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Meteor Lights Up Southern Michigan (arstechnica.com) 38

New submitter Foundryman writes: Amidst fake missile reports in Hawaii and Japan, Michigan gets hit by something real. From a report via Ars Technica: "Early last night local time, a meteor rocketed through the skies of southern Michigan, giving local residents a dramatic (if brief) light show. It also generated an imperceptible thump, as the U.S. Geological Survey confirmed that there was a coincident magnitude 2.0 earthquake. The American Meteor Society has collected more than 350 eyewitness accounts, which ranged from western Pennsylvania out to Illinois and Wisconsin. They were heavily concentrated over southern Michigan, notably around the Detroit area. A number of people have also posted videos of the fireball online. The American Meteor Society estimates that the rock was relatively slow-moving at a sedate 45,000km an hour. Combined with its production of a large fireball, the researchers conclude it was probably a big rock. NASA's meteorwatch Facebook page largely agrees and suggests that this probably means that pieces of the rock made it to Earth. If you were on the flight path, you might want to check your yard.
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Meteor Lights Up Southern Michigan

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  • by mnemotronic ( 586021 ) <mnemotronic AT gmail DOT com> on Wednesday January 17, 2018 @06:23PM (#55949499) Homepage Journal
    That was BitCoin, going out in a flashbang blaze of glory. Turn out the lights, the party's over [youtu.be].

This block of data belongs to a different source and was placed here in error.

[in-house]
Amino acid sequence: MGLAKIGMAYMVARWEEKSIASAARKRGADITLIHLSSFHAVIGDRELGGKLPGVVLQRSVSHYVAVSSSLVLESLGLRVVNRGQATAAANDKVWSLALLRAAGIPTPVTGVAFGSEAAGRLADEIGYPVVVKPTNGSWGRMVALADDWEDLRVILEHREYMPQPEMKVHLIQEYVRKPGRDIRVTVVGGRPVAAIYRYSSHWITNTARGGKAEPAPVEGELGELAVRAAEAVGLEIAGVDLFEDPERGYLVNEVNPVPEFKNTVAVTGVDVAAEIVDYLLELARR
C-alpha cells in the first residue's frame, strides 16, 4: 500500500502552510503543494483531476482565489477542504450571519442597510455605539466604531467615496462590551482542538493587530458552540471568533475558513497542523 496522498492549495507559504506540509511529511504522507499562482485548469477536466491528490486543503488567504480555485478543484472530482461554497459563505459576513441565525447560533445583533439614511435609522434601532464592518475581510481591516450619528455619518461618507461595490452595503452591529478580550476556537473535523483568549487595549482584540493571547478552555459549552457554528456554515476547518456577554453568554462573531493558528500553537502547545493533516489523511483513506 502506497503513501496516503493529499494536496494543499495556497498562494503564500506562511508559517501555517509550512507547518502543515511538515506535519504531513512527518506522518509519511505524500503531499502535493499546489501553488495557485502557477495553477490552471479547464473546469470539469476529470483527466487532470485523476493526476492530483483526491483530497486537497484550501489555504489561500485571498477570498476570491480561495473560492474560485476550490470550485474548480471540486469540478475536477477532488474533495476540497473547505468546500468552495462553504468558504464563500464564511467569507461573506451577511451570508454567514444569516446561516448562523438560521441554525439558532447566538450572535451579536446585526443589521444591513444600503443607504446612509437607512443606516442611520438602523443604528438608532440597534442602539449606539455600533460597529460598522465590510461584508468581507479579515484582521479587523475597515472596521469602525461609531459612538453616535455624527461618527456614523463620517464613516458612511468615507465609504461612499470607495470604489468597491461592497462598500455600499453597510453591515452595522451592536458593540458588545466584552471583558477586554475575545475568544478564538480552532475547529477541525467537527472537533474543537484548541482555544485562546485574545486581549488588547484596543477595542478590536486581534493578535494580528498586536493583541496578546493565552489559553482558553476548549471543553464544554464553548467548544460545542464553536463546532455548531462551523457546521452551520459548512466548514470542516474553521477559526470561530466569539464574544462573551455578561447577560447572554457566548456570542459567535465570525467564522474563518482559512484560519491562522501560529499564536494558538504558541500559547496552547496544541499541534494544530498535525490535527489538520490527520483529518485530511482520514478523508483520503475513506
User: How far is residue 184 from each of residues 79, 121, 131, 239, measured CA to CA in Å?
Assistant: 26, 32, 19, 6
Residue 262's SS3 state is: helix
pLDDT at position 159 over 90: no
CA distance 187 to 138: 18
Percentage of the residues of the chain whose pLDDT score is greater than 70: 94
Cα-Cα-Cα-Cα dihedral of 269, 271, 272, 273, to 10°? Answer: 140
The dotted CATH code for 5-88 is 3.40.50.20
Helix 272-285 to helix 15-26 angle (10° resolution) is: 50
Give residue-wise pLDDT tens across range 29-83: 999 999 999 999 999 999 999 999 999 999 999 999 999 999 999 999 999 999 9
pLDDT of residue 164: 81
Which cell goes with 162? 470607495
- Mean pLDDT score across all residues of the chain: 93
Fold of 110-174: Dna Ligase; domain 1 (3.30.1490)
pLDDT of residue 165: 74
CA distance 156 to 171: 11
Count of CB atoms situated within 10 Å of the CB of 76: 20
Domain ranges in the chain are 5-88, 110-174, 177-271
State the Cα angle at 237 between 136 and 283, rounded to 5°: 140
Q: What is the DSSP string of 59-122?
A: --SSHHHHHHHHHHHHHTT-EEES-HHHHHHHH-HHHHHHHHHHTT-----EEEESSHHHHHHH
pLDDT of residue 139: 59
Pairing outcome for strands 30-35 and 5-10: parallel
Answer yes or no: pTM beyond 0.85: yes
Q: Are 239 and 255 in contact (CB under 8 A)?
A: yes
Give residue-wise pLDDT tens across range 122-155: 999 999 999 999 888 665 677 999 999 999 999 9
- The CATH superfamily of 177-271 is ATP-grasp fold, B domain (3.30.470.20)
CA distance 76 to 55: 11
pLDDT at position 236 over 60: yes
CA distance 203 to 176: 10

• by xxxJonBoyxxx ( 565205 ) on Wednesday January 17, 2018 @06:24PM (#55949503)
    >> imperceptible thump

    Well, which was it?
    • by daenris ( 892027 )
      Probably imperceptible to people, but clearly not imperceptible to machines since it was picked up as a magnitude 2 earthquake.
  • Fake != False (Score:4, Insightful)

    by djbckr ( 673156 ) on Wednesday January 17, 2018 @06:33PM (#55949553)
    For God's sake, it wasn't fake, it was false. Big difference. If it was fake, then it wasn't from legitimate sources. But it was from legitimate sources, so it was "fact". It was a false alarm, but it wasn't fake.
    • Well, Miriam Webster believes that fake and false are synonyms:
      https://www.merriam-webster.co... [merriam-webster.com]
      fake Synonyms
      artificial, bogus, dummy, ersatz, factitious, imitation, false, faux, imitative, man-made,

      I didn't intend to imply that I felt the missile warnings had been intentionally faked, so I'd agree with you that the use of "false" would have been a better choice of words.

  • It also generated an imperceptible thump

    the U.S. Geological Survey confirmed that there was a coincident magnitude 2.0 earthquake

    I do not think that word means what you think it means.

    • It rattled the windows of my friend's house. He thought a utility pole transformer exploded a block over. It was quite a bit more than imperceptible.

  • by PPH ( 736903 )

    It was a direct hit from the looks of the subsequent aerial photography.